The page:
Although Wesley himself was an Anglican priest, a member of the Church of England, those who joined the Methodist movement were from all different parts of the social and religious strata. Some had joined the movement from Puritan, Moravian, or other communities of faith. In addition to the differences in religious traditions those who joined the Methodist movement differed in social location. Rich and poor, day laborers and aristocrats, women and men were all meeting together. As a result of this inherent diversity, arguments and quarrels naturally arose within the movement from time to time.

Sometimes the arguments were about who could lead classes or preach or even be ordained. Other times these arguments centered around the question whether or not the Church should split, that is whether or not the Methodists in the Church of England should leave and form a new denomination.

Time and again, no matter the particularities of the argument Wesley answered the same. Division and dissension over opinions harms the Body of Christ. He summarized his position in a paper he published in an attempt to quell any notion that the Methodists were a schismatic people:

If you say, "Because you hold opinions which I cannot believe are true:" I answer, Believe them true or false; I will not quarrel with you about any opinion. Only see that your heart be right toward God, that you know and love Jesus Christ; that you love your neighbour, and walk as [Christ] walked; and I desire no more. I am sick of opinions: I am weary to hear them. My soul loathes this frothy food. Give me solid and substantial religion; give me an humble, gentle lover of God and humanity; a person full of mercy and good fruits, without partiality, and without hypocrisy; a person laying themselves out in the work of faith, the patience of hope, the labour of love. Let my soul be with these Christians, wheresoever they are, and whatsoever opinion they are of. "Whosoever" thus "doeth the will of God in heaven, the same is my brother, and sister, and mother."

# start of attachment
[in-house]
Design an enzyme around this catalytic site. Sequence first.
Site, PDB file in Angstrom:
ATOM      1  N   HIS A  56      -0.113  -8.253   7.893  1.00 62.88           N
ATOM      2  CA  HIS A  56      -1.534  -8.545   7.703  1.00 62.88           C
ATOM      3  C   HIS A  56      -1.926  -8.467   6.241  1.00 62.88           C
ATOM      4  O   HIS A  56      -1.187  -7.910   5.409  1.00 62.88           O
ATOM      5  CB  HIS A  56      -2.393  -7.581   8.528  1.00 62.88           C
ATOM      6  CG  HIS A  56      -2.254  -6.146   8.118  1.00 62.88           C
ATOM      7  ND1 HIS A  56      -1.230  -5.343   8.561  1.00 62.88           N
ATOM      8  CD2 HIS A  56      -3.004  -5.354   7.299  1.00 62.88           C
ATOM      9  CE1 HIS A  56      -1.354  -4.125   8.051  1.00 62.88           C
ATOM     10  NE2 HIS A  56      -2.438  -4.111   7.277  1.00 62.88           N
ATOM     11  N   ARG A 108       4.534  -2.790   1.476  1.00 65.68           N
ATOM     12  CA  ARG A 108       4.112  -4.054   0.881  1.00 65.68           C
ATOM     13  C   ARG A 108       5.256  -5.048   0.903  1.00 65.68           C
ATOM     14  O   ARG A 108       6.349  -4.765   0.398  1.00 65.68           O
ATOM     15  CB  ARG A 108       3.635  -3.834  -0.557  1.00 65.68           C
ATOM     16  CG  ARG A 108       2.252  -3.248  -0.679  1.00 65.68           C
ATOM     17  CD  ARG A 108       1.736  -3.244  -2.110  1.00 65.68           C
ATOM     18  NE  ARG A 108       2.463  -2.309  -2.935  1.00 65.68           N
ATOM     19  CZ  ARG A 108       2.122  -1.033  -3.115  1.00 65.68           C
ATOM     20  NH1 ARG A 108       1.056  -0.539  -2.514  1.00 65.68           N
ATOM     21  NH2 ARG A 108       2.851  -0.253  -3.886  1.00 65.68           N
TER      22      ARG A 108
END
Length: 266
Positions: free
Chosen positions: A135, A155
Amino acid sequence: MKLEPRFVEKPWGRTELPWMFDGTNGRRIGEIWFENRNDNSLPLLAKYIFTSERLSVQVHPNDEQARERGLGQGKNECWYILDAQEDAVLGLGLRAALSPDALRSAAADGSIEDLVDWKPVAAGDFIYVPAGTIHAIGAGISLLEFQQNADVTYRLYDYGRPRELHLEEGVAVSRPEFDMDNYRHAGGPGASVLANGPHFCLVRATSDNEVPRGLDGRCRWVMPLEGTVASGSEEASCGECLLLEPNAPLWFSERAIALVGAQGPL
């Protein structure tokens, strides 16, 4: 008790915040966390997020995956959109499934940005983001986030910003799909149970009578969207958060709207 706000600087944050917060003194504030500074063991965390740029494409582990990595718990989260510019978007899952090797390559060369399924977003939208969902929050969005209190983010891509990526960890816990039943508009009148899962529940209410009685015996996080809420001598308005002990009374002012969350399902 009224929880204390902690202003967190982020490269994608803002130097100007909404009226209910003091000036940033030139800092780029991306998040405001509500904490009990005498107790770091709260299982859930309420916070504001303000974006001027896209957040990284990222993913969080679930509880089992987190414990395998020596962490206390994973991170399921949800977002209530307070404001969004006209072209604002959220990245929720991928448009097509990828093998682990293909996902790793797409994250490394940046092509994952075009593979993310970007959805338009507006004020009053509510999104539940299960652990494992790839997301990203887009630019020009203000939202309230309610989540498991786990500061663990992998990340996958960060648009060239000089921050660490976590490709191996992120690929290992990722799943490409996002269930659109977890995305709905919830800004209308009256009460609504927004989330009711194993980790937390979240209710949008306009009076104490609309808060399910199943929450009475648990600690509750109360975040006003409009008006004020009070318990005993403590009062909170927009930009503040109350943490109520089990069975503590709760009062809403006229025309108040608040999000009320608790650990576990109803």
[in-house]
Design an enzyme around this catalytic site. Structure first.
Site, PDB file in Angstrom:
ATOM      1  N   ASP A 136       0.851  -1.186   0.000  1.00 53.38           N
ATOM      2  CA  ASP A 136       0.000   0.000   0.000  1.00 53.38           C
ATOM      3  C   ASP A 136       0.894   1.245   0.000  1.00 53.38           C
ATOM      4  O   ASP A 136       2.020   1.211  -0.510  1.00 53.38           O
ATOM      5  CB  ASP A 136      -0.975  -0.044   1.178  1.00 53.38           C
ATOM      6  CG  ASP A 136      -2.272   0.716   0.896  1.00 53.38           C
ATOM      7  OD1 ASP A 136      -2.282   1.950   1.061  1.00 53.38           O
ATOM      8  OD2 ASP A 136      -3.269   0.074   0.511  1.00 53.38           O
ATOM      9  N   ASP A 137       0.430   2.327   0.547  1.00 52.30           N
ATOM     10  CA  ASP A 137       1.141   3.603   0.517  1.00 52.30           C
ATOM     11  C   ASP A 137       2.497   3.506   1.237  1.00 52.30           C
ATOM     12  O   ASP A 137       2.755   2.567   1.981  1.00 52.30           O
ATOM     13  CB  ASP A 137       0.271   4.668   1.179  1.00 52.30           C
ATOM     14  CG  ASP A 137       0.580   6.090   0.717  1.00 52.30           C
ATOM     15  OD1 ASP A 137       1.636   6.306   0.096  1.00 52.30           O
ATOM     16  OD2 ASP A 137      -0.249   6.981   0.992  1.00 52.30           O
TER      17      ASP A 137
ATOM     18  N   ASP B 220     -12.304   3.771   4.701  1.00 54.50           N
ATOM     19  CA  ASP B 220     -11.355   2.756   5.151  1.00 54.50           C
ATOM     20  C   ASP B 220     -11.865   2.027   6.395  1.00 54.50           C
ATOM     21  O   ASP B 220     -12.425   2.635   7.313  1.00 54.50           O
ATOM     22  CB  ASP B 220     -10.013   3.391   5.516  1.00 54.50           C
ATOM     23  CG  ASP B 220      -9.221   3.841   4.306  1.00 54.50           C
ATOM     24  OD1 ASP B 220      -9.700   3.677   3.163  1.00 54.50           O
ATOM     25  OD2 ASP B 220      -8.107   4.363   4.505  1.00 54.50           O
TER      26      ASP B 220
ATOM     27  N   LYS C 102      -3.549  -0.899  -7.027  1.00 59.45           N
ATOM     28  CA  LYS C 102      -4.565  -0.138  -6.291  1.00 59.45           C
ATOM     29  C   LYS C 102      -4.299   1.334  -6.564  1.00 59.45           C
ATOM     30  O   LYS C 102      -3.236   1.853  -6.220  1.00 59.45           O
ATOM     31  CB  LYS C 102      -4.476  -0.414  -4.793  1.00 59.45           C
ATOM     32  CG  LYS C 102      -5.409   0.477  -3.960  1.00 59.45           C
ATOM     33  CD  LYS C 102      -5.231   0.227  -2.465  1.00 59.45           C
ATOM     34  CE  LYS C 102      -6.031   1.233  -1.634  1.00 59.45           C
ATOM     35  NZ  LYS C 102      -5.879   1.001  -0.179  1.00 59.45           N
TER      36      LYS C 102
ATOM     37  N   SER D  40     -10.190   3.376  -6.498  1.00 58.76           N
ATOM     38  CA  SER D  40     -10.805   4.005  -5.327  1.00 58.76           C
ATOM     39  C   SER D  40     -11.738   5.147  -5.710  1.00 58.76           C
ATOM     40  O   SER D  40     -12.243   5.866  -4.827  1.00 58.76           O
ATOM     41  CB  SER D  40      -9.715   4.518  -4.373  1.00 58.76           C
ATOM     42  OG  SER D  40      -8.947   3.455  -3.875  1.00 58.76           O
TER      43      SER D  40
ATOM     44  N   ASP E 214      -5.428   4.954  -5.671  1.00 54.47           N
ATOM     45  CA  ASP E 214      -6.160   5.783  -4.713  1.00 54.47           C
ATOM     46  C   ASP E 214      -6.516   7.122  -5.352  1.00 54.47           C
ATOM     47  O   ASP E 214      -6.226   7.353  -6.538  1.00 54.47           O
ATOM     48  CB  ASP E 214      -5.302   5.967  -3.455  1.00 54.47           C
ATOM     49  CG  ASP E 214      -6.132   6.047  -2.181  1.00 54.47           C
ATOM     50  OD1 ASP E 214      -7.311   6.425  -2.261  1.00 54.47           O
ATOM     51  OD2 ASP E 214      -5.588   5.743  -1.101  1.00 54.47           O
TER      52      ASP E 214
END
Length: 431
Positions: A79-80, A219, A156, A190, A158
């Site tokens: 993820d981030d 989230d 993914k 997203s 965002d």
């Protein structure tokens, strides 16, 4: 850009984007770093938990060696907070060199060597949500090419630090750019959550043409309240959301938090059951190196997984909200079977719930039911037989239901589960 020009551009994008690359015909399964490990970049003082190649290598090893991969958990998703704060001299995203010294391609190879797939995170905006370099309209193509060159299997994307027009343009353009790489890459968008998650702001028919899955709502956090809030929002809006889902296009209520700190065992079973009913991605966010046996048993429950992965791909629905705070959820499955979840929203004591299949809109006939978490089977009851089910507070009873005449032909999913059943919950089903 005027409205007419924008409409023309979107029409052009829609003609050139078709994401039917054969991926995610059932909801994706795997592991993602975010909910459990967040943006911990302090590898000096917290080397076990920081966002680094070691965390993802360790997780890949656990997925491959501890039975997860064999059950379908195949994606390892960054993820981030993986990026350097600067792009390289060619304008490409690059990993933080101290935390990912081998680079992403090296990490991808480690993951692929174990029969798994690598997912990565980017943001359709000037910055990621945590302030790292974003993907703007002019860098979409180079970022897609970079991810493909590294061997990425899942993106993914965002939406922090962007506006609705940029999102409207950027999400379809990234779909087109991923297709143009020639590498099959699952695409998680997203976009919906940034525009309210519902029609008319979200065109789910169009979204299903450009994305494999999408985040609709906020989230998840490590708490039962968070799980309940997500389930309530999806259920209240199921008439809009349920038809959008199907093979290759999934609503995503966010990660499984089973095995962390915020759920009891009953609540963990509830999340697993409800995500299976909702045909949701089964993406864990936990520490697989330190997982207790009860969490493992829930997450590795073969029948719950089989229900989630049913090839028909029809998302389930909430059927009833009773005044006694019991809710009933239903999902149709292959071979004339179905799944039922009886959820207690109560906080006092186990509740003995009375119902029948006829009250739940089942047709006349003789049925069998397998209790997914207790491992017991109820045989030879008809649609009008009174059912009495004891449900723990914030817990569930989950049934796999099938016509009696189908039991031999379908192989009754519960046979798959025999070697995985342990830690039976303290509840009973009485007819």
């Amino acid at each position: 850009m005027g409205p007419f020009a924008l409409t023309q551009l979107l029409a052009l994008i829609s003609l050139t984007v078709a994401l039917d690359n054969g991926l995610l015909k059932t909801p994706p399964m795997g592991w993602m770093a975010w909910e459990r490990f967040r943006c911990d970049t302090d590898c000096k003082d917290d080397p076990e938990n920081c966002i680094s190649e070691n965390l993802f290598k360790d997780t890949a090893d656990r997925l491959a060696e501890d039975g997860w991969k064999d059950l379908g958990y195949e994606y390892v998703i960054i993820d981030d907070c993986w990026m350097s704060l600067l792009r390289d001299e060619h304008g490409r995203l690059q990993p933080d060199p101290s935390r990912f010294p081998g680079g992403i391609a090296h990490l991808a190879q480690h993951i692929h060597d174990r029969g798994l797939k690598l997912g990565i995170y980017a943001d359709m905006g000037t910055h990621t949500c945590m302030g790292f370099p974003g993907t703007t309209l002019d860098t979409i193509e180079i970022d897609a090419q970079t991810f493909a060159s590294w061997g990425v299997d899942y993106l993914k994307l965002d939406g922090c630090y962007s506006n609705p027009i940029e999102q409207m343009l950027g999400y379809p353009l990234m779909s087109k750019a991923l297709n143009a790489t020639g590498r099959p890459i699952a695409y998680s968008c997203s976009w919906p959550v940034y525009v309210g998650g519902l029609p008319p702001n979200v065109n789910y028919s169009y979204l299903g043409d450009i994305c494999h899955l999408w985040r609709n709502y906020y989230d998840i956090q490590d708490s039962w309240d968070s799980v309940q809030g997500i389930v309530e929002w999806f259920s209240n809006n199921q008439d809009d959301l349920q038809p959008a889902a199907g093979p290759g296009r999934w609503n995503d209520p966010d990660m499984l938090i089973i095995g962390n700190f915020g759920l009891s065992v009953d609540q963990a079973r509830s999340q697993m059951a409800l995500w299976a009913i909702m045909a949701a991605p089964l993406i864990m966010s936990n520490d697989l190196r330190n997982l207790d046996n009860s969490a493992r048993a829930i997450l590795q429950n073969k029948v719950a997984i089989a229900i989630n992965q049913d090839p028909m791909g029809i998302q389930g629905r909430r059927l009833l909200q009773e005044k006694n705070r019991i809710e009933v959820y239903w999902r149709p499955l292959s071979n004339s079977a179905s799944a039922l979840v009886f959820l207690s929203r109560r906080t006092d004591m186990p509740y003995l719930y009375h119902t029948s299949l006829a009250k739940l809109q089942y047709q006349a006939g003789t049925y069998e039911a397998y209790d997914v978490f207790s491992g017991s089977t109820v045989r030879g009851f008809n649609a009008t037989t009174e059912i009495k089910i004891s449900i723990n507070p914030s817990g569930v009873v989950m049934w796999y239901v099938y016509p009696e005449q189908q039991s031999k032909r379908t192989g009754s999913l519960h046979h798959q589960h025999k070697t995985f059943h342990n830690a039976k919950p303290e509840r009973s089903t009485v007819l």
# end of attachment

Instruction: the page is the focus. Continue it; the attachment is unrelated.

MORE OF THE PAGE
Wesley didn’t care about individual opinions, he cared about concrete action. To be part of the Church did not mean that everyone thought alike, but rather that everyone strove to follow the example of Christ; to love God, neighbor and self and to walk as Christ walked.

Unity for Wesley never meant uniformity of opinion or practice, rather it was unity in mission. Those who seek to follow Christ, whose lives and actions conform to the mission of God known fully through Jesus Christ, are full members of the Church no matter what their opinion be on a host of ecclesial or even theological matters.

At the end of the day Wesley sought unity in mission. “If your heart is as my heart, then give me your hand.” All one needed to join the Methodist movement was a simple willingness to follow Jesus.

This is exactly the type of unity that we see in the second lectionary text (Matthew 4: 12-23)…the calling of the first disciples. It is a scene we are all familiar with…having seen it displayed on Sunday School felt boards or sung about in rousing children’s songs complete with hand motions. What strikes me, though, about this first call narrative is its absolute simplicity.

Jesus is walking by the shore. He sees some people out fishing, calls to them and simply says, “Follow me.”

Jesus doesn’t ask them a series of questions or put them to a test about what they do or do not believe. Jesus does not ask their opinions on religious or social controversies. Or their preference in music: “Do you like contemporary or traditional music?” There is no litmus test to becoming a disciple of Christ. Jesus simply asks, “Do you want to follow me?”

You see Jesus calls all of us, no matter who we are, what we do, who we love or what we believe. Jesus calls us just as we are to join in the realization of the coming kin-dom…that vision of peace and justice proclaimed throughout scripture, given to us by God as a promise of a future where all dwell together with compassion, mercy, forgiveness, justice and hope.